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    10 Questions with food teacher Megan Frost

    Zainab Chaudhary

    Ms. Megan Frost has been a teacher at WHS for around four years. She teaches subjects related to food, such as “Food for Today” and “Food and Wellness”, as well as personal living skills. Ms. Frost is the advisor of FCCLA (Family Career Community Leaders of America) and a staff member of the Student Against Destructive Decisions (S.A.D.D) organization. She aims to make her classes informative yet relaxing learning environments. However, many students may not know much about her and her food classes. Therefore, here are ten questions to get to know Ms. Frost and her classes. 


    What courses or degrees are needed to become a food class teacher? 

    I got my degree from Western Michigan University and the major is called Family and Consumer Sciences which covers a lot of various domains of what I teach in the area. During my time there, I also took a few cooking and baking classes. In addition to that, I can also teach interior design, and child development and am highly qualified to teach health. So there’s quite a bit that goes under this umbrella of family and consumer sciences. 


    Why did you choose this subject among all the different subjects you could have chosen? What do you think is the best part of teaching this subject and why it might be important for students?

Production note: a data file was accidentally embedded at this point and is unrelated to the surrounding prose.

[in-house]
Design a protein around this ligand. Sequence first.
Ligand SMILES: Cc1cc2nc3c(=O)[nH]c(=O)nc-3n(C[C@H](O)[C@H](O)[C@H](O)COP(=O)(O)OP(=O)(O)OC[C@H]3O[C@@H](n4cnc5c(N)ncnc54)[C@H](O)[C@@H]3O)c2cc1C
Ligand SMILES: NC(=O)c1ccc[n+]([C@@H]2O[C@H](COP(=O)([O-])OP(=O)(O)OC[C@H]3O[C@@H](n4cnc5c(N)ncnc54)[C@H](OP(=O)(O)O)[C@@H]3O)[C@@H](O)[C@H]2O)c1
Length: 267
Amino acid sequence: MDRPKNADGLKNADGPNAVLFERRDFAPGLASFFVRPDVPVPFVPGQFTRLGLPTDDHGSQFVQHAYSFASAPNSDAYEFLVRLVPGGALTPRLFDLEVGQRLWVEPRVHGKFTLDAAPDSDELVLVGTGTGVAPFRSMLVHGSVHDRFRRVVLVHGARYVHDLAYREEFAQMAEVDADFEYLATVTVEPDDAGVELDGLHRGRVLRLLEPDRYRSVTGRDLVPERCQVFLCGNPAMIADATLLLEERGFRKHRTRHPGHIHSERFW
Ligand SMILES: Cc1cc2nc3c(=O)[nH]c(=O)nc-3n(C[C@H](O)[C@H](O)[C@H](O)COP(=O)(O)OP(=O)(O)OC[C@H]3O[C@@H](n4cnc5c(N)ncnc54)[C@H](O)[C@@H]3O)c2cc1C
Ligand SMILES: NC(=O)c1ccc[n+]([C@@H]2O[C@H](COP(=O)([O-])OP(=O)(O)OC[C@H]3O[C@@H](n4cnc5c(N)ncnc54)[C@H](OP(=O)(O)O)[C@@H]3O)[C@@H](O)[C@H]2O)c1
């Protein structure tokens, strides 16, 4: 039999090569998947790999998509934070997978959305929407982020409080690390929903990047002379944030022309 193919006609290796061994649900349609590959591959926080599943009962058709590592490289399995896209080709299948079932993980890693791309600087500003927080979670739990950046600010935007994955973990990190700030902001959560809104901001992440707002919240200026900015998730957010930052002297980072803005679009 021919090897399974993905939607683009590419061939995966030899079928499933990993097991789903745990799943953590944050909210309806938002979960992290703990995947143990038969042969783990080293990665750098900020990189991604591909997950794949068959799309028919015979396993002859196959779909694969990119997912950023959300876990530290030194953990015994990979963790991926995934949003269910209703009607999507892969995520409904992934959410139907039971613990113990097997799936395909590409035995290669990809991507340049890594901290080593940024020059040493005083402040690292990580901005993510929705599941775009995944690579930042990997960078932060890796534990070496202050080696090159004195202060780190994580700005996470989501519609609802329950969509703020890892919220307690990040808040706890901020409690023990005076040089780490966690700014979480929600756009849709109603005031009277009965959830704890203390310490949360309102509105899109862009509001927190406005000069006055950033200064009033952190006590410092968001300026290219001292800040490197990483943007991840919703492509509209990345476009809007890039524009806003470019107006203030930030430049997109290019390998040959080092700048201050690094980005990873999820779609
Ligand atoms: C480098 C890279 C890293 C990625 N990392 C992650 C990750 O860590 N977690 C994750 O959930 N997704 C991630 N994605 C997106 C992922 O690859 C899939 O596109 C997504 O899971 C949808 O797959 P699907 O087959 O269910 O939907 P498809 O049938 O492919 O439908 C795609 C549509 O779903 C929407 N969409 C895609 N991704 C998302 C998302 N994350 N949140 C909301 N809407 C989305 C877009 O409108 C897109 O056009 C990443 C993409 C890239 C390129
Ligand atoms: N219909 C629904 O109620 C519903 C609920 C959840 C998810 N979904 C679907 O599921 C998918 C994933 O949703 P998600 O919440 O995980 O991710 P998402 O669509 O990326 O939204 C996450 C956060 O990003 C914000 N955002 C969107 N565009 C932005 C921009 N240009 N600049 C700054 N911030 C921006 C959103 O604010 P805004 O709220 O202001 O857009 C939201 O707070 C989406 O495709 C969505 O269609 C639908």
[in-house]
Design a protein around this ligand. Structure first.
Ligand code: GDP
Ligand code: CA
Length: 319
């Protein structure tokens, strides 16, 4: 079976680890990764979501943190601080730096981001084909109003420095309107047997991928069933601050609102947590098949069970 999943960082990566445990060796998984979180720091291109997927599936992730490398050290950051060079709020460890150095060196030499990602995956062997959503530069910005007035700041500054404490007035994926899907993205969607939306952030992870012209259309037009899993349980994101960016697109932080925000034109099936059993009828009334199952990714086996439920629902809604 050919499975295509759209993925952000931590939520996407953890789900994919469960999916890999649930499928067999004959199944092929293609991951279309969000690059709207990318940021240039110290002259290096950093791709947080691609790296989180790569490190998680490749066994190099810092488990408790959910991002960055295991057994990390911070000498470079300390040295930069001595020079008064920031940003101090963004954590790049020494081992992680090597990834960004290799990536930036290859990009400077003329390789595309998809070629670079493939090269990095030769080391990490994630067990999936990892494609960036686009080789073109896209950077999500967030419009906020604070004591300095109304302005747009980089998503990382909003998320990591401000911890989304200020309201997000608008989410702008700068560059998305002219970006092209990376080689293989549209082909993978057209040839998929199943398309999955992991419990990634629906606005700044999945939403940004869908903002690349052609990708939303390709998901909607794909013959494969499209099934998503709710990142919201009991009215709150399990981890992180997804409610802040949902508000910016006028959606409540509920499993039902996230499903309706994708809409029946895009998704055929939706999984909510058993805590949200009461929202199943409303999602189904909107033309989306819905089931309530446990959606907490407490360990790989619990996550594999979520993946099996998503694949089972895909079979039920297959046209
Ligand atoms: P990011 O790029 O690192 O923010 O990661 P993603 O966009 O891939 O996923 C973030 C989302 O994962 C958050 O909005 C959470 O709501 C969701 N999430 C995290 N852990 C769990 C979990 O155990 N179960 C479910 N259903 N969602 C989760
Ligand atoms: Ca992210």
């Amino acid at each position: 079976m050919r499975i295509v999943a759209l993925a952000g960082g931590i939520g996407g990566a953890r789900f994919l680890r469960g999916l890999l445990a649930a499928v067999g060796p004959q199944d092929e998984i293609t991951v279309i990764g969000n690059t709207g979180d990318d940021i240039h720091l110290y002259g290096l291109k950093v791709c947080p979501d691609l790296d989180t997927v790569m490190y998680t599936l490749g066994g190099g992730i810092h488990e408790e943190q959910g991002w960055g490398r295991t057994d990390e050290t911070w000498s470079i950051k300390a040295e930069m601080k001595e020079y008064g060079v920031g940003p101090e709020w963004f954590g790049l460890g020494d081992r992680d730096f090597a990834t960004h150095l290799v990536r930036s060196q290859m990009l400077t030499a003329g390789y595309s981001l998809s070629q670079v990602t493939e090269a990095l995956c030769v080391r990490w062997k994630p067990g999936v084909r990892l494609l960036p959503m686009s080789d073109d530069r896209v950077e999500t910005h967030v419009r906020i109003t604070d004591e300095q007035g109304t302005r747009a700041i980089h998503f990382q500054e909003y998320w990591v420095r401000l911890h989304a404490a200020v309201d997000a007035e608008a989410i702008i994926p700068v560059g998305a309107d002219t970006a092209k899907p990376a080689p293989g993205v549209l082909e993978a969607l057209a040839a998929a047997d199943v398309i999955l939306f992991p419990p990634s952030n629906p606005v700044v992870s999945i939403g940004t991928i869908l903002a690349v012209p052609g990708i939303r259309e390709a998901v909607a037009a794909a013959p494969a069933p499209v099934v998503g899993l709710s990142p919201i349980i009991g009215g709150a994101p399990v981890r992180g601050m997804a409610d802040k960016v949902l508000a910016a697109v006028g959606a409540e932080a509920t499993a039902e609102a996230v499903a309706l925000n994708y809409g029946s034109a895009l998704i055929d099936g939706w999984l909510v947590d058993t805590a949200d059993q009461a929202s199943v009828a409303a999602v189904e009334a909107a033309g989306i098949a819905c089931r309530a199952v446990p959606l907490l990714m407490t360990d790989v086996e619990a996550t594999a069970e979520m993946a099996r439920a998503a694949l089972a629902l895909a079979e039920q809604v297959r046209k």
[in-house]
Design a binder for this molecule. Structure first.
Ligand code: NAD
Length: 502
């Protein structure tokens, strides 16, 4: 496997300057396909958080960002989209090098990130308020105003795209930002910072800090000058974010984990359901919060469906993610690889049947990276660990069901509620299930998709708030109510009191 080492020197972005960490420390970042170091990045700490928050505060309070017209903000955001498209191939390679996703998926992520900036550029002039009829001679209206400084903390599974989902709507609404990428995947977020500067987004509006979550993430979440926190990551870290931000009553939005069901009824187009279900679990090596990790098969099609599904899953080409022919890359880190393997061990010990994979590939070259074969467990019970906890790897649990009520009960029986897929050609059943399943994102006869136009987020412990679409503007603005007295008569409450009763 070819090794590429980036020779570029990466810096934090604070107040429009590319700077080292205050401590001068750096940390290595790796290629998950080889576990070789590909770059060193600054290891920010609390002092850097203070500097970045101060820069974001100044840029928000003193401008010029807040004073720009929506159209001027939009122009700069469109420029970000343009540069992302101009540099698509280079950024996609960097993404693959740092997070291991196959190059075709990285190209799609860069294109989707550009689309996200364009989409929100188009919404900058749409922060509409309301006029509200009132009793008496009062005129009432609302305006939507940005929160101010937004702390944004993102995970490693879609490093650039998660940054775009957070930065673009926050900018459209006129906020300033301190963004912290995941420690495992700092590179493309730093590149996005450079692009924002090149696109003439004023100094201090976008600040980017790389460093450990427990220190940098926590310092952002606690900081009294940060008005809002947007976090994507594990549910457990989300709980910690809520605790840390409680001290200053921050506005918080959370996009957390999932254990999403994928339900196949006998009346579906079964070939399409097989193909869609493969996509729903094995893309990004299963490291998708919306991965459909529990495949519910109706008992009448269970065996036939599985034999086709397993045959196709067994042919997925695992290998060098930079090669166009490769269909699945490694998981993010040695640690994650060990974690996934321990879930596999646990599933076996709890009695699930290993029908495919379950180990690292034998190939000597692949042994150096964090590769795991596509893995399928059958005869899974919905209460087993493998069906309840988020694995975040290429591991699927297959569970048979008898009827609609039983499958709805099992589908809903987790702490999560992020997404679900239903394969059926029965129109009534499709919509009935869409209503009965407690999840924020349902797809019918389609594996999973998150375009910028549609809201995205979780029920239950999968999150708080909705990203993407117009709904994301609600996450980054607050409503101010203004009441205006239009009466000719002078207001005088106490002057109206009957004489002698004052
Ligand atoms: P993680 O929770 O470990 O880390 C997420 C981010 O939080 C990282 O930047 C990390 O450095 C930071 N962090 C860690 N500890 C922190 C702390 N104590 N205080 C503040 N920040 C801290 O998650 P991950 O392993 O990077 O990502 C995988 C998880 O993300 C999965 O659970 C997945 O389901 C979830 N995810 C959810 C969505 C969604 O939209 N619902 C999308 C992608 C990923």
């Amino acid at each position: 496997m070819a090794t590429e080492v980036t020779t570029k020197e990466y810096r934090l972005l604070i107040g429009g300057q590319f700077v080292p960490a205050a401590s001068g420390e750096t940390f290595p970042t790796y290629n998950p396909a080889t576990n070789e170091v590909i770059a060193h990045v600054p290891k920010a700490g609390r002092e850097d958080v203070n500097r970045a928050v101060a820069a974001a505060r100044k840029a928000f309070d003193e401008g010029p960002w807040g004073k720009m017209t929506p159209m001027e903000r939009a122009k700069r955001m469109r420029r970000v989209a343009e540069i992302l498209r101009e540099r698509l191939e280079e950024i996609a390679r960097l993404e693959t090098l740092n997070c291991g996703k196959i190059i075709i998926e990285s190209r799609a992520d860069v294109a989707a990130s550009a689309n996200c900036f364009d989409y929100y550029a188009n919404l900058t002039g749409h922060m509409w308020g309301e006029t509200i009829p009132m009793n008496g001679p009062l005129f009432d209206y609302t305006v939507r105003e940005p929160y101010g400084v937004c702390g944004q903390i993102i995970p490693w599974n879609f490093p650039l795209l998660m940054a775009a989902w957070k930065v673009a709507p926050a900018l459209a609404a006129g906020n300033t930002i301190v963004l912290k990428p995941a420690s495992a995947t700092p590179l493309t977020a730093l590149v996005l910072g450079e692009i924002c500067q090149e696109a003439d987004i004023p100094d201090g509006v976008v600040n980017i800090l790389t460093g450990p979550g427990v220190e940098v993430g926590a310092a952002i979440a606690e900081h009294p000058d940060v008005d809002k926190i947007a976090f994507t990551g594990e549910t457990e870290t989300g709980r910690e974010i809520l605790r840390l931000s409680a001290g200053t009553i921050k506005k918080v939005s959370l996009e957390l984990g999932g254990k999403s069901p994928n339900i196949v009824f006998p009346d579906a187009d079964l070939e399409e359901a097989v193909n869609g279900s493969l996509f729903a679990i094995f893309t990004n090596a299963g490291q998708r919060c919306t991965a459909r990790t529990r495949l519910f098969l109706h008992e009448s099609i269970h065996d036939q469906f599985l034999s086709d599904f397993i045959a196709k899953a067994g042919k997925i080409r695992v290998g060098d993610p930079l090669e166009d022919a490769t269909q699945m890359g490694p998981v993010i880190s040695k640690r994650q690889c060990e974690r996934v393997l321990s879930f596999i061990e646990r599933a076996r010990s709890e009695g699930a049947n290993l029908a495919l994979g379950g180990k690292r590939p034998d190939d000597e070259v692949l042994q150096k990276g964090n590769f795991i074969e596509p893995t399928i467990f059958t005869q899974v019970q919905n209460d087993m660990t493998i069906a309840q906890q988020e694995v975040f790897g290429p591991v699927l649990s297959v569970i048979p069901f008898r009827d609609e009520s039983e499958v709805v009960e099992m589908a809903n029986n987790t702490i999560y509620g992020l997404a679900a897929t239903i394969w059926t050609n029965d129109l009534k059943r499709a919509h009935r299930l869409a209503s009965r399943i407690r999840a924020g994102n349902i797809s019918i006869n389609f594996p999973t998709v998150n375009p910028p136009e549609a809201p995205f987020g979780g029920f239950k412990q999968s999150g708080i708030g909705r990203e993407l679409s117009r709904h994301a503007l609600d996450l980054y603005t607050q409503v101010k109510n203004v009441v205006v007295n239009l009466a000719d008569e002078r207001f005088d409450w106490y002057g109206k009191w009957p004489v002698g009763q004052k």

I think that life skills are very important. Outside of my classroom, it’s labeled Life Management Department. So I feel honored to be able to contribute to hopefully some idea of some portion of student overall wellness. Part of why I chose this subject is I’m a third-generation home economics teacher. My grandmother taught food and sewing at Trenton High School for over 30 years and my mom taught food, sewing, and health classes in Dearborn Heights district for 30 years. And so now I get to be the third generation of people who are teaching this. It’s funny that I never took home economics courses, or as they call it now, family and consumer sciences courses, in high school, but I did grow up sewing with my grandma and cooking with my mom. I had other fun activities too, but I firmly believe that students should learn life skills that will help them succeed in the future. That’s why I chose to teach this subject.

    How do you help students who have different food needs and allergies?

    For allergies in particular, I conduct a food survey at the beginning of the semester to allocate that or to collect that kind of food information, so I’m doubly aware of what allergies I’m dealing with. Also, I plan labs that can best accommodate the needs of my students regarding allergies or food restrictions. In case of strong food aversions or intolerances, I will work with the students to excuse them from certain lab experiences, if that best fits the situation. Alternatively, I design labs that exclude specific food components if necessary. 


    How do you encourage students to make healthy food choices?

    If I knew the perfect key for that it would be amazing. But as a teacher, I encourage my students to make healthy food choices. I educate them about the consequences of not making healthy food choices, particularly the role of unhealthy foods in contributing to heart disease and other negative health outcomes. By teaching them the negative impact of healthy food choices on organ health, optimal body functioning, and overall well-being, I hope to inspire my students to make lifelong healthy food choices.